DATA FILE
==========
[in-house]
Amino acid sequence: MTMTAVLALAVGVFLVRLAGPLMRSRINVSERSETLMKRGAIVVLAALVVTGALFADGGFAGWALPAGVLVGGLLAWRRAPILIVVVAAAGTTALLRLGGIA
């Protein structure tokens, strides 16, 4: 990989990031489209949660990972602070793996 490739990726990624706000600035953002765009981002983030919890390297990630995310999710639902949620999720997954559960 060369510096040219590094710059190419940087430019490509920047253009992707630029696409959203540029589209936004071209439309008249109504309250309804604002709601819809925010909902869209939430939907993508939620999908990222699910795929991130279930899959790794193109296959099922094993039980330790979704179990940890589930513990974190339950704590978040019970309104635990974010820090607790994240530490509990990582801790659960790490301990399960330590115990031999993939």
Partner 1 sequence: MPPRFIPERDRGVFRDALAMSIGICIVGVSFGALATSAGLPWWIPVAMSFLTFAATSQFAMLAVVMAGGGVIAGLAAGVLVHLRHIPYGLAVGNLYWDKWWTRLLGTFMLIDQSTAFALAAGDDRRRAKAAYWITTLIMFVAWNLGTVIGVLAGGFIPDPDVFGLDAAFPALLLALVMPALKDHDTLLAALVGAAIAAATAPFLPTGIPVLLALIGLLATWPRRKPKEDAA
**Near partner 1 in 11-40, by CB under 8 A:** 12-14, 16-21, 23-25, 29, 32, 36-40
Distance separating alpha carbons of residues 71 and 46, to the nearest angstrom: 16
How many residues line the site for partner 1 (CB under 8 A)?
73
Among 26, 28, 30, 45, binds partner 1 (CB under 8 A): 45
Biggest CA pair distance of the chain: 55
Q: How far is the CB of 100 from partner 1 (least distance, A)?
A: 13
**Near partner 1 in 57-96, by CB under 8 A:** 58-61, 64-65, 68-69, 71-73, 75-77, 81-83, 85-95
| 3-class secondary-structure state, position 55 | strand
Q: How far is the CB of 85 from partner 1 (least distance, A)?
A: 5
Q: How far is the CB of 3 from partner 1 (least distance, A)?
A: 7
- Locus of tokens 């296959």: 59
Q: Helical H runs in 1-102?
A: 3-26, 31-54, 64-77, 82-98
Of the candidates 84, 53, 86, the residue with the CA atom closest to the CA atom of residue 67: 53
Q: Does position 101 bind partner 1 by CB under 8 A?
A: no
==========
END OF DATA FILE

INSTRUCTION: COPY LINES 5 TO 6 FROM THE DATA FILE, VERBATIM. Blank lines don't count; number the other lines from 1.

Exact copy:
**Near partner 1 in 11-40, by CB under 8 A:** 12-14, 16-21, 23-25, 29, 32, 36-40
Distance separating alpha carbons of residues 71 and 46, to the nearest angstrom: 16